The first five-year period of the ‘Lendület’ Mobility Research Group’s project, which has been operating within the Institute of Archeology of the ELKH Research Centre for the Humanities since July 2015, ended this year. The active work and the final report of the Research Group were rated as excellent by the professional reviewers, the special committee and the President’s Committee for Scientific Evaluation.

The ‘Lendület’ Mobility project was set up to study settlements that were inhabited in the first thousand years of the Bronze Age in the Carpathian Basin between 2,500 and 1,500 BC, as well as burial sites and objects found there. This was done by integrating new types of scientific analysis that have become available in recent decades for interpreting archaeological finds. Research into this era has always focused primarily on examining the movement of communities, and this issue is gaining particular relevance in light of current migration phenomena.

In the absence of written sources, the existence and evolution of relations among communities living in remote areas of Bronze Age Europe were inferred in the past mainly from traditional archaeological analysis. However, the research team employed multidisciplinary methods hitherto not used in the research into this era – such as genetic, pathological, absolute dating, isotope geochemical and geophysical studies – which provided many new results for these thousand years, for instance about the people and small and large communities living in Hungary during the time of the builders of the great pyramids and the Greek heroes buried in mine graves in Mycenae.

The most important questions of the basic research carried out in collaboration with nearly 50 researchers – archaeologists, archaeogenists, anthropologists, materials scientists – were raised by the mobility and stratification of contemporary society, as well as the exploration of barter trade relations. To answer these questions, five well-researched settlements were selected from the central zone of the Carpathian Basin together with their micro-region, which represent a significant sample area for the study of Bronze Age communities in Central Europe and make a useful contribution to existing Bronze Age research.

The research team focused on three main topics. Among other things, they wanted to find out whether the analysis of human remains and objects could demonstrate the migration of larger communities and the extent of mobility at the time. This research was mainly focused on the strontium isotope sampling of the teeth of the deceased buried in inhumation (i.e. skeletal) graves (carried out in collaboration with Quinnipiac University and Yale University) and the analysis of samples taken from cremation graves in collaboration with an Italian research partner joining the research project of the Hungarian Academy of Sciences as a guest. The results showed that the communities of the first thousand years of the Bronze Age had a high degree of mobility and were also characterized by exogamy, that is, the habit of marrying outside the given group. As a result of the investigations, considerable progress has been made in the development of the strontium isotope map of Hungary, which provides data that can be used for other archaeological periods as well. The examination of funeral customs and diseases provides additional information on the lifestyles of contemporary communities.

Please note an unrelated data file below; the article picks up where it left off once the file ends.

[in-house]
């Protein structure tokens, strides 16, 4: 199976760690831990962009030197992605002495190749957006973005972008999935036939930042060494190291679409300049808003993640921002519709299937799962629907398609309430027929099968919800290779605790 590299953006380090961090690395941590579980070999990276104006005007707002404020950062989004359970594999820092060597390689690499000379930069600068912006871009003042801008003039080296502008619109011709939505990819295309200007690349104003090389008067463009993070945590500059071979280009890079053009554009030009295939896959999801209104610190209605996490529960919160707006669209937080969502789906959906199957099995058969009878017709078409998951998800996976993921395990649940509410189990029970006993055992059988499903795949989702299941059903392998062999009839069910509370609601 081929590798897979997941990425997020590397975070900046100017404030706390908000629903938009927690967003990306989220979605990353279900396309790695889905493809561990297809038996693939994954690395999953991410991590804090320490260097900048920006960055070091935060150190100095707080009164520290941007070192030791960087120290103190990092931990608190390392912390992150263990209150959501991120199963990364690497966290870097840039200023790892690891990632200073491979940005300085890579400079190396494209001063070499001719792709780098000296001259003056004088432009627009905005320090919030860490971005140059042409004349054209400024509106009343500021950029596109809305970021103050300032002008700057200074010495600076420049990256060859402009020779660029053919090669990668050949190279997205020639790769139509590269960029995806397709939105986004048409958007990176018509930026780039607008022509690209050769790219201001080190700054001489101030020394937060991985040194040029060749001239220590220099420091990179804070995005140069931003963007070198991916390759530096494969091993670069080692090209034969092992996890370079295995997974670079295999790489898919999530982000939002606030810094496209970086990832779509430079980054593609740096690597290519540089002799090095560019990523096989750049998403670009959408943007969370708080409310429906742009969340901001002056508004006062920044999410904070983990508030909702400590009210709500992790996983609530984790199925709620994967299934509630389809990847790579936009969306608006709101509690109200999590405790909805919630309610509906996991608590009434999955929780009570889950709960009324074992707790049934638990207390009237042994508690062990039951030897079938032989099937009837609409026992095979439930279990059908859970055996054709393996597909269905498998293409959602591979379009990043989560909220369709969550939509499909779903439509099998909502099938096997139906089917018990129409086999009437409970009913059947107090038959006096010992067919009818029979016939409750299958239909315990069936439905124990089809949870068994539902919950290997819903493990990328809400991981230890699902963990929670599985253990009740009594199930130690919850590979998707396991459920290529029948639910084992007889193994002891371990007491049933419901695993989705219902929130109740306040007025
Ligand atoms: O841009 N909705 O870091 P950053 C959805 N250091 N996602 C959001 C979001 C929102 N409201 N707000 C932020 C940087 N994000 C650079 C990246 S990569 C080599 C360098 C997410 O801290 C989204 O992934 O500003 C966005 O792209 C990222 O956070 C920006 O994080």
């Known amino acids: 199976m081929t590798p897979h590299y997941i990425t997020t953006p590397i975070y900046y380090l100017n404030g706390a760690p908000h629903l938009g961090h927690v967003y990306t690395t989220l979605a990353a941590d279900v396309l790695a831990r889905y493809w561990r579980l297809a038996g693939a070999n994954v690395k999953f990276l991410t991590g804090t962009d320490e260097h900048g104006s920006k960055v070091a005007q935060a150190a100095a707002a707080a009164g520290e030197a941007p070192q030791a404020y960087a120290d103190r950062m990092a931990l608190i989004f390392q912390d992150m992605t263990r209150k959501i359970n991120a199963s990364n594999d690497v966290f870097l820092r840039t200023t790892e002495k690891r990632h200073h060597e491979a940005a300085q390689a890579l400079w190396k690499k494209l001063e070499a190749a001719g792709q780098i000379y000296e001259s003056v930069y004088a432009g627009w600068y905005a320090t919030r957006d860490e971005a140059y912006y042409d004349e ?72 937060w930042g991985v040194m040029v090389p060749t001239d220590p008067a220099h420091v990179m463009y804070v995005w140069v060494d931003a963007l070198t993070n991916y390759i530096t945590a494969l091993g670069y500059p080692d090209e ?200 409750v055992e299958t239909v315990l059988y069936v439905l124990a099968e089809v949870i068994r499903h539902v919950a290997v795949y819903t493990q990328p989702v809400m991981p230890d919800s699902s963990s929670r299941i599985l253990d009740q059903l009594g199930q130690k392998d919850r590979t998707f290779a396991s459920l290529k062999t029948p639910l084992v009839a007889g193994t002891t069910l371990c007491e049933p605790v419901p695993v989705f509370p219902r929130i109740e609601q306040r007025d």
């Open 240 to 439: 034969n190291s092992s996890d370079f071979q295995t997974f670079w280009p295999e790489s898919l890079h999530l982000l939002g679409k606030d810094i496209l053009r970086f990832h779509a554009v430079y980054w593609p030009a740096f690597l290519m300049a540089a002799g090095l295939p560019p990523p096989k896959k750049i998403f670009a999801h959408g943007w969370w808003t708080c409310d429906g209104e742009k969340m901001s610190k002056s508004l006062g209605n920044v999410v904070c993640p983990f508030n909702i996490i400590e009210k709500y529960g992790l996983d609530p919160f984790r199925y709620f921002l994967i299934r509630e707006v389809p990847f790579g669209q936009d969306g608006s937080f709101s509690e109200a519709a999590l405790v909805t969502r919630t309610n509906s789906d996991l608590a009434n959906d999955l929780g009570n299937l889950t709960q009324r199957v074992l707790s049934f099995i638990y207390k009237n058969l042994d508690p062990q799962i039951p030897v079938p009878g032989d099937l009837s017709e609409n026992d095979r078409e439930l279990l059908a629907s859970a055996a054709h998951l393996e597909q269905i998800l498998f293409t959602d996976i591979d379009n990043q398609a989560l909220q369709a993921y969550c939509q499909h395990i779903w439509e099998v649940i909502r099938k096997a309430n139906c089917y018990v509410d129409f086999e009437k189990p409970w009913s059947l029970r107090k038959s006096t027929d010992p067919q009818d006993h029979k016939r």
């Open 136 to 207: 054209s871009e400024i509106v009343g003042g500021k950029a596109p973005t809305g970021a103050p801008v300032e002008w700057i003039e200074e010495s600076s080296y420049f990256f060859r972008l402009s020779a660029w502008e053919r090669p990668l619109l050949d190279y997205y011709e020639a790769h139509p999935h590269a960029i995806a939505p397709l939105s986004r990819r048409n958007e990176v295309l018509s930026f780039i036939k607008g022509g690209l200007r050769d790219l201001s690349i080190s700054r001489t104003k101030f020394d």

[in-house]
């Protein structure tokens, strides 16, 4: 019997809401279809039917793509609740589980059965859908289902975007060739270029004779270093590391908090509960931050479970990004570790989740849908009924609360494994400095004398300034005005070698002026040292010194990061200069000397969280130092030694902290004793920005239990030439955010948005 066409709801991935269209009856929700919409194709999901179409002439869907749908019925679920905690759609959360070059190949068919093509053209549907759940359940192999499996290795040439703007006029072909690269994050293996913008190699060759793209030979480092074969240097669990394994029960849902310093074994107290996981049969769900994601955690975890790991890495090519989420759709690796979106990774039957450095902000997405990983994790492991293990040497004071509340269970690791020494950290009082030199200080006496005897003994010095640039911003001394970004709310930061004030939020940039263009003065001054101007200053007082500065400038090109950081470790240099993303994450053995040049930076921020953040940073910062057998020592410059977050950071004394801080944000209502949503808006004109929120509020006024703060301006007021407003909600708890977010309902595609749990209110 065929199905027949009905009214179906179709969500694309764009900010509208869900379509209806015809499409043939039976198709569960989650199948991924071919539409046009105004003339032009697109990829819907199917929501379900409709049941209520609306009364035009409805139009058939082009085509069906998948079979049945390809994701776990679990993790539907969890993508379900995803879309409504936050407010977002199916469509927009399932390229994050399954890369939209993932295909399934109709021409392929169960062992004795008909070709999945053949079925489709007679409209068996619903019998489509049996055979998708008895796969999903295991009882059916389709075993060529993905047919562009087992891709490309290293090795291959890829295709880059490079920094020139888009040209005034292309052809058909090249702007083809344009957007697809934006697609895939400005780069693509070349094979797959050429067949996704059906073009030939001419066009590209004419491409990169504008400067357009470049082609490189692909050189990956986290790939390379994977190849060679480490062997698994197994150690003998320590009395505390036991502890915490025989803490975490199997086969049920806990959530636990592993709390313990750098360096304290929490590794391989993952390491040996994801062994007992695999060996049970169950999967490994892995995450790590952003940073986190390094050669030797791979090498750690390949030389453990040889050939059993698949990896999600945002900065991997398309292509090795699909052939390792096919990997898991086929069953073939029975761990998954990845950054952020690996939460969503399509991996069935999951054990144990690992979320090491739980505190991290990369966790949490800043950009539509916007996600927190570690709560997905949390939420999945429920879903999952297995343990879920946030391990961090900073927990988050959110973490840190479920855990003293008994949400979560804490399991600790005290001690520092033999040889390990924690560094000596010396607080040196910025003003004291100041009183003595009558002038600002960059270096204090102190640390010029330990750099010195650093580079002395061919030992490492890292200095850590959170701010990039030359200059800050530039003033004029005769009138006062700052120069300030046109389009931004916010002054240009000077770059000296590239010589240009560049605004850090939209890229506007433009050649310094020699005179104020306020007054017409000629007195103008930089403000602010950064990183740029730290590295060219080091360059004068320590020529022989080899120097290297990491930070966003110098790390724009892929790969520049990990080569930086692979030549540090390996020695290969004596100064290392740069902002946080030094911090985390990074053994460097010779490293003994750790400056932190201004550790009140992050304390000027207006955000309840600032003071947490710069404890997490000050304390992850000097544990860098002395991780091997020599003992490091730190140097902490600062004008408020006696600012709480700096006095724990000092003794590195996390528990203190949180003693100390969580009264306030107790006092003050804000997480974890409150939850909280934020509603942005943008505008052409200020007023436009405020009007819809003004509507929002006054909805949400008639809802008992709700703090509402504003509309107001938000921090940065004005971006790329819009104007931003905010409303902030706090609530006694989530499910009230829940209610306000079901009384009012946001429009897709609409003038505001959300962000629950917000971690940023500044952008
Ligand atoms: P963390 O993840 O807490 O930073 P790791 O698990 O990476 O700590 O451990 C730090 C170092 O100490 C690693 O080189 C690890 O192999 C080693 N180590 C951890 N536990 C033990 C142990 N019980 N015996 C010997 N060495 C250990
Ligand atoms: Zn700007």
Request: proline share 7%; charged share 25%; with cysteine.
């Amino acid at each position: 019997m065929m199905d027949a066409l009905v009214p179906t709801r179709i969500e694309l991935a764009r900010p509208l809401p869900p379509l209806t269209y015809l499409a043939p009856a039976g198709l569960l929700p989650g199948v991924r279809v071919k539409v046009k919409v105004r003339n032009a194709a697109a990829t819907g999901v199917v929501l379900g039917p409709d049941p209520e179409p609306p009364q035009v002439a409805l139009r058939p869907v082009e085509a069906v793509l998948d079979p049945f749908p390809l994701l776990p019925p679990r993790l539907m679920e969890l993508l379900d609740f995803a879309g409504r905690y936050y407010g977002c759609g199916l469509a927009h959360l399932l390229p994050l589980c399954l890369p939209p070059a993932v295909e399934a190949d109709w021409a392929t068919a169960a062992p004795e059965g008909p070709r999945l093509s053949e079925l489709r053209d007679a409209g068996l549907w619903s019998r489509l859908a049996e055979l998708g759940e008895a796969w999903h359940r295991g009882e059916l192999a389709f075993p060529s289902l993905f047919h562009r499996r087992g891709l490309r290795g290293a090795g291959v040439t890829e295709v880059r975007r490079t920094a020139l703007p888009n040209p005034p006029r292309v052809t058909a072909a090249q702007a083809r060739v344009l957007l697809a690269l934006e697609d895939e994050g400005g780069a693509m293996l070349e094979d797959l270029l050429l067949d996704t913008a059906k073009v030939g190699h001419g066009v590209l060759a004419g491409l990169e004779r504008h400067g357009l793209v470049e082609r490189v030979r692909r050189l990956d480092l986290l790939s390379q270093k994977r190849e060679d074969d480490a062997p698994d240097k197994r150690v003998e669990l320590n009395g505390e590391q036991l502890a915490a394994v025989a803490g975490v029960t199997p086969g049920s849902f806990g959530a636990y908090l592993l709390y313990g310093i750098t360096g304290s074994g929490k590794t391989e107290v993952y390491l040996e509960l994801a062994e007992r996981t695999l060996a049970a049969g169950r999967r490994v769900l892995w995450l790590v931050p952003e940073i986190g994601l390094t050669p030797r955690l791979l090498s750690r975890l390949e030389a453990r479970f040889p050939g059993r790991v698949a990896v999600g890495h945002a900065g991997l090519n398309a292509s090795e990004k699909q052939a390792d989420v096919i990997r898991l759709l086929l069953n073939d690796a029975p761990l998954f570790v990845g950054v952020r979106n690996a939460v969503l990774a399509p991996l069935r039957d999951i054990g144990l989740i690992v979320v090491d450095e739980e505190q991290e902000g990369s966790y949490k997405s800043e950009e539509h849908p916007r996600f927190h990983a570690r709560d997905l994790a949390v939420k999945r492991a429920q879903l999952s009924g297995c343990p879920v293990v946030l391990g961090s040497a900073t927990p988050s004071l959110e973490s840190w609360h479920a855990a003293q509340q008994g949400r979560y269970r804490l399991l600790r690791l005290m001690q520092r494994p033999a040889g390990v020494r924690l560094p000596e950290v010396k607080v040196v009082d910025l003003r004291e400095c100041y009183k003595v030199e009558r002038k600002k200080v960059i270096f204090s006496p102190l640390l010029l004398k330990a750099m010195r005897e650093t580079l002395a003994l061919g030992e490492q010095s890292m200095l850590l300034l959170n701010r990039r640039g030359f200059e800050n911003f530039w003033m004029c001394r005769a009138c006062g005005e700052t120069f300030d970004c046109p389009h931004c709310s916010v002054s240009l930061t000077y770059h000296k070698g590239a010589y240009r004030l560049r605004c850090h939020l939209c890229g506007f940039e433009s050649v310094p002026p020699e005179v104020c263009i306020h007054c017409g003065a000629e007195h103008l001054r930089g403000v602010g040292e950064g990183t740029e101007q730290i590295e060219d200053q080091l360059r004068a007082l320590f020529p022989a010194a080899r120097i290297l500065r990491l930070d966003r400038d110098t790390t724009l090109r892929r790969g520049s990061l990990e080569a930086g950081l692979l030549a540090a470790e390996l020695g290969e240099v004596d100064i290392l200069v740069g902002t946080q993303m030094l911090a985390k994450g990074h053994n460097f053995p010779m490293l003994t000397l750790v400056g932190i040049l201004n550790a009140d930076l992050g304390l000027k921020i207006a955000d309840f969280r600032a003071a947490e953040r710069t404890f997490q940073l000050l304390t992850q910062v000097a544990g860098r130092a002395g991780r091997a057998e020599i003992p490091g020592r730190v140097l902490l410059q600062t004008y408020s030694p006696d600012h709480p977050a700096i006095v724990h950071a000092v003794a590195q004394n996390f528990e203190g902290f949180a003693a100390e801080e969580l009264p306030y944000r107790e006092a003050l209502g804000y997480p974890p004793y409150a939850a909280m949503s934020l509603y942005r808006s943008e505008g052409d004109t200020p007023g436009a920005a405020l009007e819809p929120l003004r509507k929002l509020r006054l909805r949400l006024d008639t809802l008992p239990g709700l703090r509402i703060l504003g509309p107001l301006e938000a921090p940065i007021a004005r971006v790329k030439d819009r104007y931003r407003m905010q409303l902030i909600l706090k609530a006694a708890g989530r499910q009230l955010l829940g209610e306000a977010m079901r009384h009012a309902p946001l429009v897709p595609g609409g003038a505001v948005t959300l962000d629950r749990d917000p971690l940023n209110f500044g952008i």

Multiple burials from Érd and an injury to a skull excavated in Füzesabony that can be related to combat.
(Source: Ferenczy Museum Center; Hungarian Museum of Natural History)

The archaic DNA studies conducted in collaboration with the Archaeogenetic Laboratory of BTK’s Institute of Archeology and the Department of Genetics at Harvard University on the finds of the so-called bell-shaped vessels culture also show a high degree of mobility in connection with the individuals buried together with these objects, confirming that multidirectional mobility was likely to have characterized the period under discussion, which was different from the Neolithic migrations identified so far.

The research team also looked at how the new material of the era, the technology of producing bronze, emerged and where the raw materials used to make bronze objects in the area came from. In this context, the analyses carried out jointly with the Centre for Energy Research and the Wigner Research Center for Physics have led to important findings regarding the composition and production techniques of these objects. The results of lead isotope analysis prove that the Carpathian Basin was characterized by imports of copper ores of Balkan origin, and even more so by the import of finished objects, both in the Neolithic and Copper Ages. Similar studies carried out in collaboration with the Curt-Engelhorn Archaeometric Laboratory in Mannheim have shown that copper mines in the Garam region of Slovakia were cultivated, and ongoing tin isotope analyses suggest that the origin of the alloy essential for the production of bronze should be sought in the Czech-Saxon Ore Mountins and in the Balkan tin ore sources. Overall, the typological kinship of regional copper ore objects with devices from remote areas indicates broad interregional relationships.